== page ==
Announcing Stack Overflow Documentation

We started with Q&A. Technical documentation is next, and we need your help.

Whether you're a beginner or an experienced developer, you can contribute.

Sign up and start helping → Learn more about Documentation →

I came across this line of code in an application I am revising:

substr($sometext1 ^ $sometext2, 0, 512);

What does the ^ mean?

share|improve this question
up vote 4 down vote accepted

It's a bitwise operator.


"hallo" ^ "hello"

It outputs the ASCII values #0 #4 #0 #0 #0 ('a' ^ 'e' = #4).

share|improve this answer
im having tough time understanding about the ascii values, if we take a and e as binary equivalents like so: a=01100101 e=01100001 --------- xor=00000100 is this right? – chicane Apr 28 '10 at 1:20

^ is the bitwise exclusive OR operator. For each bit in a value, it looks to see if that bit is the same in the other value; if it is the same, a 0 is output in its place, otherwise a 1 is output. For example:

^ 01010101
share|improve this answer
How does that work on strings? (re Michael Borgwardt's answer) – Peter Mortensen Dec 28 '15 at 15:41

XOR (exclusive OR):

$a ^ $b means bits that are set in $a or $b, but not both, are set.

share|improve this answer

It's the XOR (exclusive-or) operator. For strings it's used as simple encryption.

share|improve this answer

That's the bitwise OR operator - in PHP, it also applies to strings.

share|improve this answer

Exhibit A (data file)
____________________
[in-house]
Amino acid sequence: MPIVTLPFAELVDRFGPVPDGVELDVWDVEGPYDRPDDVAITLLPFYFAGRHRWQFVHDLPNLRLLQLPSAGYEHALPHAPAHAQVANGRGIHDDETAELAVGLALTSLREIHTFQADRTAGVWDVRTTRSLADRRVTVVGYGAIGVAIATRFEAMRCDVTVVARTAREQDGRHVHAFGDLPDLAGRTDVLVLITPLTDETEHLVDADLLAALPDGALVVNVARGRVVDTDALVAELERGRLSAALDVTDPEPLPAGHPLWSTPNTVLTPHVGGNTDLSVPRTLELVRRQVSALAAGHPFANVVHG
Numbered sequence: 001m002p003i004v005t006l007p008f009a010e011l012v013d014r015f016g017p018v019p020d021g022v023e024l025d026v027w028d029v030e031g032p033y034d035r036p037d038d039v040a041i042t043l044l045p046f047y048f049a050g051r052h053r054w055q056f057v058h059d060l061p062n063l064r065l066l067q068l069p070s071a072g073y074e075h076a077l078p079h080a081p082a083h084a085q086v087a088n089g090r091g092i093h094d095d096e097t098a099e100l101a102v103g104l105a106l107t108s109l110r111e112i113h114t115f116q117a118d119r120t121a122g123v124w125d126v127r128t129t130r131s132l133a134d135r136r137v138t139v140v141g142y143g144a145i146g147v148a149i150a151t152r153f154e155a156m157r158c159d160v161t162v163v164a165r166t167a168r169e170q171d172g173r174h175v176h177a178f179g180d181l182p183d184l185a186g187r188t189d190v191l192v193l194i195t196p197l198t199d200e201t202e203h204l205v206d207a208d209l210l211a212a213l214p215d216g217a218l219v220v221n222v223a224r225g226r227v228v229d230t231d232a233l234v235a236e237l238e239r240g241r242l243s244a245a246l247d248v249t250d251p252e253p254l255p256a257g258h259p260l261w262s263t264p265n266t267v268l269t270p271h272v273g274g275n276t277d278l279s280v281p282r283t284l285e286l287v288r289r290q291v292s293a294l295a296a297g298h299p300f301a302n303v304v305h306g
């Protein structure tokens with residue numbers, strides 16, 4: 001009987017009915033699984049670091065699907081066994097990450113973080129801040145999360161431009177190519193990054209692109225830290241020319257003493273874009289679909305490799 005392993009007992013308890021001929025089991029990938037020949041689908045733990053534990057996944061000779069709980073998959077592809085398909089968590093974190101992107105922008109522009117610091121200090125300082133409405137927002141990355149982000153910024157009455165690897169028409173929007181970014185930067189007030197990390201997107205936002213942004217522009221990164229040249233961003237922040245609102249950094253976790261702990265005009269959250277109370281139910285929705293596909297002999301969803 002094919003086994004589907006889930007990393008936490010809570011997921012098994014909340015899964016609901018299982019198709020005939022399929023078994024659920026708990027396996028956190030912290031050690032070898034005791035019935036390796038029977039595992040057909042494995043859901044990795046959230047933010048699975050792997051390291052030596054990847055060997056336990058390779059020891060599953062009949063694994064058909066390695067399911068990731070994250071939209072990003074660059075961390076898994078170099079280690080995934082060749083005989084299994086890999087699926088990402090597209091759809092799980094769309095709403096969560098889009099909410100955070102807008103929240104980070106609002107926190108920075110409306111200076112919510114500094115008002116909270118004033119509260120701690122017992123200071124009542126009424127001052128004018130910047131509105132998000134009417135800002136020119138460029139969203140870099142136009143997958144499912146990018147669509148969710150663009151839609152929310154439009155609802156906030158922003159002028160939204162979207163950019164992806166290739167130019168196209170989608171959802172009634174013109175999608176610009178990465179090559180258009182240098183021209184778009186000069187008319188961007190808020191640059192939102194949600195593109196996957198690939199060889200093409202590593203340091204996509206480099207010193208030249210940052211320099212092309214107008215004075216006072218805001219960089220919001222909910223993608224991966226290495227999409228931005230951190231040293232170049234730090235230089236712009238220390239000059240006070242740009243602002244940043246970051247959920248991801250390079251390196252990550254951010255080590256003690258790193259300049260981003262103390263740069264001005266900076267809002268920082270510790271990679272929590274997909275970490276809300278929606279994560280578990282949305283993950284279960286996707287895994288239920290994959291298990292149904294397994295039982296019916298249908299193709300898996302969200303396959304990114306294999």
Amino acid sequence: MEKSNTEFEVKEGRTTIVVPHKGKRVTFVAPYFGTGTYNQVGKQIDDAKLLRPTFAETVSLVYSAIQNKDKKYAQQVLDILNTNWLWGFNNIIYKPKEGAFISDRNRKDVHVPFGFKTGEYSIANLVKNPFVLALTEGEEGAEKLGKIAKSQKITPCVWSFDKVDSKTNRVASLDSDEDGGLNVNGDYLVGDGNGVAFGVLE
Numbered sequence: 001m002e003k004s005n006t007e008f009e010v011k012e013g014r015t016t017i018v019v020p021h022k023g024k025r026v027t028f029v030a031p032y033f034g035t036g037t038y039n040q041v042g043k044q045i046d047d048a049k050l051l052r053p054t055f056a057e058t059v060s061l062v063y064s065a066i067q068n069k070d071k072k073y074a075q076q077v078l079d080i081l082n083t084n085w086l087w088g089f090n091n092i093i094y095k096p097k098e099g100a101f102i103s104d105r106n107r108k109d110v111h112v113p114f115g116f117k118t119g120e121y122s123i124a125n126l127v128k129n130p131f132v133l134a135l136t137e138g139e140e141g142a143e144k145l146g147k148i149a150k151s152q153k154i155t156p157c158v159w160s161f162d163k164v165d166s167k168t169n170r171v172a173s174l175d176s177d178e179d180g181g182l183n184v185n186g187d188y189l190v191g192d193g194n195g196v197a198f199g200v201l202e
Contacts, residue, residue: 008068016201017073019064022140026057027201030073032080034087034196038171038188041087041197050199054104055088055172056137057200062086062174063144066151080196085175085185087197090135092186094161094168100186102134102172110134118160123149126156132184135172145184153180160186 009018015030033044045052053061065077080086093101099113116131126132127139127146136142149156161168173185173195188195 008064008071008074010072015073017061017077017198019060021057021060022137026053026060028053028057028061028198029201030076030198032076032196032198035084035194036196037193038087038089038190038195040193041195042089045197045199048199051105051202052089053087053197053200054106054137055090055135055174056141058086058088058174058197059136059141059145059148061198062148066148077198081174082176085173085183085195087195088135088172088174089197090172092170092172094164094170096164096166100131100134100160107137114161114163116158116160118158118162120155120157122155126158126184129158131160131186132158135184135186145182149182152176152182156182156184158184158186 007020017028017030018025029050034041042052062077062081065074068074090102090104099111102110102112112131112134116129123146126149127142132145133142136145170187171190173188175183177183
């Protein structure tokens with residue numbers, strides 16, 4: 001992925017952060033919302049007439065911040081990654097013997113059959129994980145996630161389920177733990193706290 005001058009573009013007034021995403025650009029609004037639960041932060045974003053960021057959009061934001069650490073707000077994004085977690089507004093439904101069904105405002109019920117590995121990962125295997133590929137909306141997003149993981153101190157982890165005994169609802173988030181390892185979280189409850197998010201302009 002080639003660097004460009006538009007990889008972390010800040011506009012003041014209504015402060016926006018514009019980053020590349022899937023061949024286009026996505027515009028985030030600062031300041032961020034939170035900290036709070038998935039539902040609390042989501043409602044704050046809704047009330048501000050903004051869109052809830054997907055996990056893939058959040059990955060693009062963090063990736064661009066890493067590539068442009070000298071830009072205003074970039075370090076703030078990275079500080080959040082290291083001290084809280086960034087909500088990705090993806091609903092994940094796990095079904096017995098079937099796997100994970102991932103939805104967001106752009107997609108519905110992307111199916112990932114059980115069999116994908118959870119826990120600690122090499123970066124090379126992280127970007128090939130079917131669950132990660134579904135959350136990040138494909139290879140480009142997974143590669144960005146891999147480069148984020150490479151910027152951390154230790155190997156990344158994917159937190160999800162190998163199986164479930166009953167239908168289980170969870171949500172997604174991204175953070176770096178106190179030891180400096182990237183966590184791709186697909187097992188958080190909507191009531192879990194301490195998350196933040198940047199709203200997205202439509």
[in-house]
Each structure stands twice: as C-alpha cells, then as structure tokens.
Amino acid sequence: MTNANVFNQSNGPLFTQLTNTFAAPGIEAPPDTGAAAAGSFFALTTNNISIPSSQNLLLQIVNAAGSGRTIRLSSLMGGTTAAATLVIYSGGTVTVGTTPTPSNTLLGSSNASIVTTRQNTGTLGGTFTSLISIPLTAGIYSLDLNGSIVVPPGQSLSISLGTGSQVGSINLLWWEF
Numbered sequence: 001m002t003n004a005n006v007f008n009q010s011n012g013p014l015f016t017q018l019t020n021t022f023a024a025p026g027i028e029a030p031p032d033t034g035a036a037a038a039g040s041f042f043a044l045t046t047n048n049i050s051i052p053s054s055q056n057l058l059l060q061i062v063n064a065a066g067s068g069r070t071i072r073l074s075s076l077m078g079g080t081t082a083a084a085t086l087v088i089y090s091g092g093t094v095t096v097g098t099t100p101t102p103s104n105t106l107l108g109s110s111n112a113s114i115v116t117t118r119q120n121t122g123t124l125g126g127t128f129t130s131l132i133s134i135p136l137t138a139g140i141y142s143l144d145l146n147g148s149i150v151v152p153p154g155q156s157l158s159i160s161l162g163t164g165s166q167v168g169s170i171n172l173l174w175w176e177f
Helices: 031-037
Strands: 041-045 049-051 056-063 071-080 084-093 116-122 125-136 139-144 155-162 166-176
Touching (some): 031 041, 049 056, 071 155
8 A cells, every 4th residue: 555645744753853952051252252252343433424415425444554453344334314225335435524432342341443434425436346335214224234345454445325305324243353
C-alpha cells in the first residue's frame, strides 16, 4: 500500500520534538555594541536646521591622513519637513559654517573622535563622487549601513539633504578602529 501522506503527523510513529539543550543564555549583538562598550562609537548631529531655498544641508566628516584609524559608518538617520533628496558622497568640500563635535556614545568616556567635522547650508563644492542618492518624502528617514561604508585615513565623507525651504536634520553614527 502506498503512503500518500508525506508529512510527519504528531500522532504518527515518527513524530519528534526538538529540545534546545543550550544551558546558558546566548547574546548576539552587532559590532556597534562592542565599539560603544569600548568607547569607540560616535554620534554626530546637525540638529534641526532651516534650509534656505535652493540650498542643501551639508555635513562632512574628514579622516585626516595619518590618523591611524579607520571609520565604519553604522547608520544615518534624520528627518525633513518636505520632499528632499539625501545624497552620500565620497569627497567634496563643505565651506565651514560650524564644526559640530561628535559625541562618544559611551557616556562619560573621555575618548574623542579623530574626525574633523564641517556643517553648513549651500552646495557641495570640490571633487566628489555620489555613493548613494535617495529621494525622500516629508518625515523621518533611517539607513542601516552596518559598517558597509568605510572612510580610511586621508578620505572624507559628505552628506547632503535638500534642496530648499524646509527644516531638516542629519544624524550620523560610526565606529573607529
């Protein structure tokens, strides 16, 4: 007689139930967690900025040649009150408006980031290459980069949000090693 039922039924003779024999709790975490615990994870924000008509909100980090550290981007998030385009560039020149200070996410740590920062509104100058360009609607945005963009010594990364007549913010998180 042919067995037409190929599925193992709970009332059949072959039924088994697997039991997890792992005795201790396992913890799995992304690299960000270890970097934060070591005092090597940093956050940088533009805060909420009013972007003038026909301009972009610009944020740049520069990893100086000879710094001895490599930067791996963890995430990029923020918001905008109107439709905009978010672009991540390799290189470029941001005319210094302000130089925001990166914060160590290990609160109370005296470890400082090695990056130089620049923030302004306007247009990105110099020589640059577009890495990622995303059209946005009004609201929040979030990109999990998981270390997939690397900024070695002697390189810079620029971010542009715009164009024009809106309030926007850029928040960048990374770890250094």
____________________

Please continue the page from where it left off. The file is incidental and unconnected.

In PHP, ^ means 'bitwise XOR'. Your code XORs together two strings, then returns at most the first 512 characters.

In other words it does this:

return (at most the first 512 characters of (someText1 XOR someText2))
share|improve this answer
Did you mean 512 or 12? – Mitch Dempsey Apr 27 '10 at 20:51
@webdestroya: 512, of course :) - it was a typo; thanks. +1 :) – Cam Apr 27 '10 at 20:53
I figured, thought I'd point it out – Mitch Dempsey Apr 27 '10 at 20:54

^ matches the starting position within the string. In line-based tools, it matches the starting position of any line.

share|improve this answer
that would be a regular expression – Nils Apr 27 '10 at 20:55
which it would do since the first character that does not match is now XOR'd and will show up as a 1. I guess it would depend on what the original code was trying to accomplish - based on this example of "what does this do" .. we would of course need to know more information - as opposed to "what does this "^" character do. – huh Apr 27 '10 at 21:03

Your Answer


By posting your answer, you agree to the privacy policy and terms of service.

Not the answer you're looking for? Browse other questions tagged or ask your own question.